Located at Lake Cethana and Lake Rowallan in Tasmania’s north west, and near the Tribute Power Station in the state’s west, the sites will now be investigated further with the goal of having a preferred location operational by the time new interconnection to mainland Australia comes online.
In 2017, ARENA provided $2.5 million funding for feasibility studies into the Battery of the Nation proposal to create 2.5 GW of energy storage, including an initial $300,000 to explore possible pumped hydro sites.
From approximately 2000 locations assessed, 30 possible sites were initially shortlisted and 14 priority locations were announced in June last year. The 14 priority locations in total yielded 4800 MW of pumped hydro capacity, but Hydro Tasmania have now whittled that shortlist down to three locations with the most potential.
The next stage will undertake feasibility studies to assess the suitability of each of the three preferred locations and engage with local communities.
The three shortlisted locations offer different volumes of storage capacity. Lake Cethana could provide 12 hours of capacity, or Lake Rowallan 24 hours. According to Hydro Tasmania, both would involve the construction of new upper reservoirs.
The third shortlisted site near the existing Tribute Power Station could deliver 31 hours of storage, with a new connection established between existing reservoirs at Lake Plimsoll and Lake Murchison.
As all three of the possible locations involve off-river pumped hydro, none would require any new dams to be built.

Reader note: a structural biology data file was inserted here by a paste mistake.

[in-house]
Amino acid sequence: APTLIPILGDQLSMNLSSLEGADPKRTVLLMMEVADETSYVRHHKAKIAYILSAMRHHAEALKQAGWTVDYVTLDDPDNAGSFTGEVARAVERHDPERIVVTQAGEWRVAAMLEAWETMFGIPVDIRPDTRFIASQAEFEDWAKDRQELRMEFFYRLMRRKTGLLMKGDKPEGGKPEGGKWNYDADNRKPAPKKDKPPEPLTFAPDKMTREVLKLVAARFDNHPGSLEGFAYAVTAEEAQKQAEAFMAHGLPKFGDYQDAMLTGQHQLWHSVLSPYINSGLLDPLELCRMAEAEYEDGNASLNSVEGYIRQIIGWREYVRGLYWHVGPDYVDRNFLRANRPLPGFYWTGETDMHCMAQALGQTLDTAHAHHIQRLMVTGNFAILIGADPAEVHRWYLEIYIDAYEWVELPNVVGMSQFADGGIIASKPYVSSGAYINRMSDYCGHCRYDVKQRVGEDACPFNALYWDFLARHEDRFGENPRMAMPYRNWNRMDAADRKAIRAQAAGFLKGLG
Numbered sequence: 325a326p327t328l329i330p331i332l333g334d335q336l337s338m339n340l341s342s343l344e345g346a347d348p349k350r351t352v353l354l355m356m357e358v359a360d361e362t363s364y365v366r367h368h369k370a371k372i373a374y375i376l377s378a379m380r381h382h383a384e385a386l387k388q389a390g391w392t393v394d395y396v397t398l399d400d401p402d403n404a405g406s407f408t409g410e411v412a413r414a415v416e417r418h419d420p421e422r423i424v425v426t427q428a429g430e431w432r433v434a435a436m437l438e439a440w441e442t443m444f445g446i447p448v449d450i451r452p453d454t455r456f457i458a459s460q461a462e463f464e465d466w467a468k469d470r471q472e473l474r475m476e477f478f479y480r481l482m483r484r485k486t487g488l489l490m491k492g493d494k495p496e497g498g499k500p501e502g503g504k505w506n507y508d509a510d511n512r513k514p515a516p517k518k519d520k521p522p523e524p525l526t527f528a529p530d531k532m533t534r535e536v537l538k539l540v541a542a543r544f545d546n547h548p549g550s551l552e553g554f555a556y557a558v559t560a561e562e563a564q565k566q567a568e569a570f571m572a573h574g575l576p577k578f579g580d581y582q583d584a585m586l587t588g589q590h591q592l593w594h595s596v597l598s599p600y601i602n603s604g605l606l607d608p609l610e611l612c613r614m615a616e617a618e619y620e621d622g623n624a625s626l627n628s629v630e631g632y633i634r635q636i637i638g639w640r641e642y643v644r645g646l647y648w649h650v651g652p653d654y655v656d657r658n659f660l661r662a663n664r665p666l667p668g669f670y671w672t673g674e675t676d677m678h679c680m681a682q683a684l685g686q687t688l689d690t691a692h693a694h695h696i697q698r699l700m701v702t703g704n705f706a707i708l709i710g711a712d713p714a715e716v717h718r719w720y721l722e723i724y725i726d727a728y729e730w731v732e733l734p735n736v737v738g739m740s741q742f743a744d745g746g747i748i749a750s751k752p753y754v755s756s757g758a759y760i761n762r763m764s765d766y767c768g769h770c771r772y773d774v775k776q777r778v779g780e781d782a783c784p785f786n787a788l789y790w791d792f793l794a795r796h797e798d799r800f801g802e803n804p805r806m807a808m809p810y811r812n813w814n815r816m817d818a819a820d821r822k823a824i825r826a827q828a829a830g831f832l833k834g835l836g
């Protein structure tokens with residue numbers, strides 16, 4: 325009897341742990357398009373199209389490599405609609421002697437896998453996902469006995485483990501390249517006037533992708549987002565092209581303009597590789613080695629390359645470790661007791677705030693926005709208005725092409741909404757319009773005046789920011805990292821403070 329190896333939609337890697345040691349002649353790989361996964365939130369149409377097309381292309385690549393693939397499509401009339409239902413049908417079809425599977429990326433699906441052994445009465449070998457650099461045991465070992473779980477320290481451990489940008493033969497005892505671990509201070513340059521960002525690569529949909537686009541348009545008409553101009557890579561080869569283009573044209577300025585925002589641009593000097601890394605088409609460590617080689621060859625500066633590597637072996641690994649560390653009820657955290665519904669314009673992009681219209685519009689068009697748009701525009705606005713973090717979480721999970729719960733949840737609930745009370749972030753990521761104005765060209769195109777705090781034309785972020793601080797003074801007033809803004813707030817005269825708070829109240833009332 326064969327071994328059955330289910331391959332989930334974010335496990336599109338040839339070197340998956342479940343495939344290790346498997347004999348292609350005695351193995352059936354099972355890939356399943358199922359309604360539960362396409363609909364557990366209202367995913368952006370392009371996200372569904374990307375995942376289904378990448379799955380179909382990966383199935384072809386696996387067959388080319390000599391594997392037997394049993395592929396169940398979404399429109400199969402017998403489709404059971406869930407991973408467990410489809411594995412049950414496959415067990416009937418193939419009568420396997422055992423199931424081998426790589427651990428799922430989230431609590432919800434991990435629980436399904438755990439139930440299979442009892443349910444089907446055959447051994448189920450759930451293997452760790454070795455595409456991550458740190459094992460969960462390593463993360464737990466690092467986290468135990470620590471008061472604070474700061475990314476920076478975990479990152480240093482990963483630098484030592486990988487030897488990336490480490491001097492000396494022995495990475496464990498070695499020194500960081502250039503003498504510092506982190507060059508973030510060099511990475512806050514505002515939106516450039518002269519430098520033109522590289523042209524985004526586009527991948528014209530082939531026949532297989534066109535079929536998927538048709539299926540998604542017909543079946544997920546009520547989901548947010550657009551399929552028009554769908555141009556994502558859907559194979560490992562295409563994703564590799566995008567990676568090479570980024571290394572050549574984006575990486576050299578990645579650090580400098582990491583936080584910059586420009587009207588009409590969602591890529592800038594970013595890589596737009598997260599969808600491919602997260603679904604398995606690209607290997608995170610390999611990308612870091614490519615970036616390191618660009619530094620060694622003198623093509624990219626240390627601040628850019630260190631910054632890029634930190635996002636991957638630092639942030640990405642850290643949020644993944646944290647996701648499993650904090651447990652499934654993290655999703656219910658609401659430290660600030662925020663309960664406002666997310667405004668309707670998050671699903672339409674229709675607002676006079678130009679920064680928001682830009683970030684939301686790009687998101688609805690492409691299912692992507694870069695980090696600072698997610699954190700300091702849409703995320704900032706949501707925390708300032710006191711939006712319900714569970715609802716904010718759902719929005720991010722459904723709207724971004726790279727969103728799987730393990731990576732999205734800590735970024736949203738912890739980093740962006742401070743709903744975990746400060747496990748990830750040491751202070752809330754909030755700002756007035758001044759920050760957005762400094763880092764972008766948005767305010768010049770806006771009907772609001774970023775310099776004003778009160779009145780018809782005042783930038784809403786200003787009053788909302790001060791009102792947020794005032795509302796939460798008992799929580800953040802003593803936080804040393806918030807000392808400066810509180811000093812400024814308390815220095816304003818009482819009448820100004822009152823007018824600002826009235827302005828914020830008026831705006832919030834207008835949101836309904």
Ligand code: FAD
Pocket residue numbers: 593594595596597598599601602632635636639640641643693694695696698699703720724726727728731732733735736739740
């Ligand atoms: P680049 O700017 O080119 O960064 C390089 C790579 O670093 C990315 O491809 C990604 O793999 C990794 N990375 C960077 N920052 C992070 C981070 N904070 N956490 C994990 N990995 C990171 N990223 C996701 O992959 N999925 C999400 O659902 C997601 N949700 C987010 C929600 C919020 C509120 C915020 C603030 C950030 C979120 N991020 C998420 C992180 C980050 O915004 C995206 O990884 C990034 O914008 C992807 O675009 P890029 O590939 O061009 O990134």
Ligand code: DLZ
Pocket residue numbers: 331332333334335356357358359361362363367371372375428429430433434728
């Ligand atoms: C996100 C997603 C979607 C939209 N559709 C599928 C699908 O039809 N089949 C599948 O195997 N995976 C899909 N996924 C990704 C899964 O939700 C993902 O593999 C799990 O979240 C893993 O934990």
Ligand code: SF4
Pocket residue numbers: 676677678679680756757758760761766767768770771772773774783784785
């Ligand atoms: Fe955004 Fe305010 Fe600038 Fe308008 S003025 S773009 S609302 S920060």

Tasmanian Energy Minister Guy Barnett also announced $30 million to progress feasibility around one of the pumped hydro locations to fasttrack its development so the first pumped hydro plant could be operational by 2025, when the Marinus Link could be completed and commissioned.
Hydro Tasmania CEO Steve Davy said he was excited by the three prospective locations for new pumped hydro development.
“This puts Hydro Tasmania in a great position to select one strong development opportunity that can be ready for more interconnection. We will be working closely with key stakeholders and local communities during this next period of investigations,” Steve Davy said.
The Battery of the Nation – which also includes feasibility work to redevelop the existing Tarraleah hydro scheme – would aim to expand Tasmania’s role in the National Electricity Market, and unlock investment in wind power, therefore allowing Tasmania to export electricity to the mainland. In a white paper released in December, Hydro Tasmania flagged there was already 400MW of dispatchable capacity available from demand side resources.
All of this will depend on additional interconnection capacity, as BassLink is already at capacity.
In February, ARENA and TasNetworks released the initial feasibility study which found that a second interconnector – proposed to be named the ‘Marinus Link’ – could become commercially viable by the early 2030s, or as soon as the mid 2020s, depending on when ageing coal generators are retired.
The final feasibility study report for the second Bass Strait interconnector is due at the end of the year.
Following the release of the initial report, Prime Minister Scott Morrison has announced $56 million to fast-track the Marinus Link, which has received support from both major political parties ahead of the upcoming election.